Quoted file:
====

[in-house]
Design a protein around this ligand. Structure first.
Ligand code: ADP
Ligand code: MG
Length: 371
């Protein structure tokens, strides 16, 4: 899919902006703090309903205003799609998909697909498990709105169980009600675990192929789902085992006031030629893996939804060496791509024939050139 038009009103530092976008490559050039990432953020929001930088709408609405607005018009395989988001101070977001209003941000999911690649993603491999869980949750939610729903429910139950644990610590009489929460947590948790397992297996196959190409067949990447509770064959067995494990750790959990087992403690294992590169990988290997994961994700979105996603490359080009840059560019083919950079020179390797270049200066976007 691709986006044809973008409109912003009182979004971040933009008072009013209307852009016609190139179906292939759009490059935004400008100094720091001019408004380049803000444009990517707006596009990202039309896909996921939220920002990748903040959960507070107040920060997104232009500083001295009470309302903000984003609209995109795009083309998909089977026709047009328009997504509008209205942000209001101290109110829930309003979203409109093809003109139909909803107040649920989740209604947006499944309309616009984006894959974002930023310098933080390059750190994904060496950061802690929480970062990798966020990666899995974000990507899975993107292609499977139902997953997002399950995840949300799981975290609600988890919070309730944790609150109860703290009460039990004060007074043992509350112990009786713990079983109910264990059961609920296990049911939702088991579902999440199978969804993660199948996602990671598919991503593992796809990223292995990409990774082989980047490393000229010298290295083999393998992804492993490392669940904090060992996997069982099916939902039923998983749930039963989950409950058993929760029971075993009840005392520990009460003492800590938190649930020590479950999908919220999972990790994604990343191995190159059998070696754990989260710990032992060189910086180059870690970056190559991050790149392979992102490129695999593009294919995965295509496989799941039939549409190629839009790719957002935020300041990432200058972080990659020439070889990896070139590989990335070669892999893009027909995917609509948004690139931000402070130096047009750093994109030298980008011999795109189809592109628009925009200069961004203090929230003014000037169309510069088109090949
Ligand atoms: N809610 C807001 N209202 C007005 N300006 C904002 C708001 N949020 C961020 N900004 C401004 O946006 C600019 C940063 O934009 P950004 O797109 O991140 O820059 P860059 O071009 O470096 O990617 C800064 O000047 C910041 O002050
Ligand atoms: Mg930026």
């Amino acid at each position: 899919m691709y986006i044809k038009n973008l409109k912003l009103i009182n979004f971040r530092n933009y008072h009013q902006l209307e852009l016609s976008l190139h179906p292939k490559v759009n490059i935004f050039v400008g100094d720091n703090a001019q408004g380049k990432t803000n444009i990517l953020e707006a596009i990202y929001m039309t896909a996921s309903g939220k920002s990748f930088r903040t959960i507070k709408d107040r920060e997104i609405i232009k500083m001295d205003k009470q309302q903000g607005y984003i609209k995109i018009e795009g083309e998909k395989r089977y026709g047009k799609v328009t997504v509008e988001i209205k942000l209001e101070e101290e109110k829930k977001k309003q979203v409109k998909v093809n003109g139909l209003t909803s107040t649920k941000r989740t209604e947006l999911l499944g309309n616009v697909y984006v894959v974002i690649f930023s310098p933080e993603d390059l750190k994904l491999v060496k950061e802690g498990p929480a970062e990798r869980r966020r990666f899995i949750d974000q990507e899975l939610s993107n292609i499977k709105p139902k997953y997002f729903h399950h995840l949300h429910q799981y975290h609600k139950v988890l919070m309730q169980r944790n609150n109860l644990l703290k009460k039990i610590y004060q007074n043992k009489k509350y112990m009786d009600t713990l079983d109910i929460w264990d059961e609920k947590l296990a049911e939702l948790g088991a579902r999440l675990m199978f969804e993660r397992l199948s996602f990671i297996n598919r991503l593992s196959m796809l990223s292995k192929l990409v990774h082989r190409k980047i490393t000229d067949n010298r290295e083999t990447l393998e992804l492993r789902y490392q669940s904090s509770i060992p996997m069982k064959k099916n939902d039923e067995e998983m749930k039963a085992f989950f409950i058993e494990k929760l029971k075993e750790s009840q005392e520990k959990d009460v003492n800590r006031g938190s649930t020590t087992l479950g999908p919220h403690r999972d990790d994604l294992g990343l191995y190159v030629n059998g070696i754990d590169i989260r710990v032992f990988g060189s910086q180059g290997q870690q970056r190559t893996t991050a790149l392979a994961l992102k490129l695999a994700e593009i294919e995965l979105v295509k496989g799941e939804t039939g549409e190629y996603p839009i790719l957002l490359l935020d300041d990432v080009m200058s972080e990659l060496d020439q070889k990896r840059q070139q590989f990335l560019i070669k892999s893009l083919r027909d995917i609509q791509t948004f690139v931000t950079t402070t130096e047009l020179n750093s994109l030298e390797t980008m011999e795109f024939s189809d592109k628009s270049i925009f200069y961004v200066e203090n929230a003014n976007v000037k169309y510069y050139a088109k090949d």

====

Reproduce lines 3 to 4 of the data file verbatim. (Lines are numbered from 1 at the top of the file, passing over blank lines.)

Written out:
Ligand code: ADP
Ligand code: MG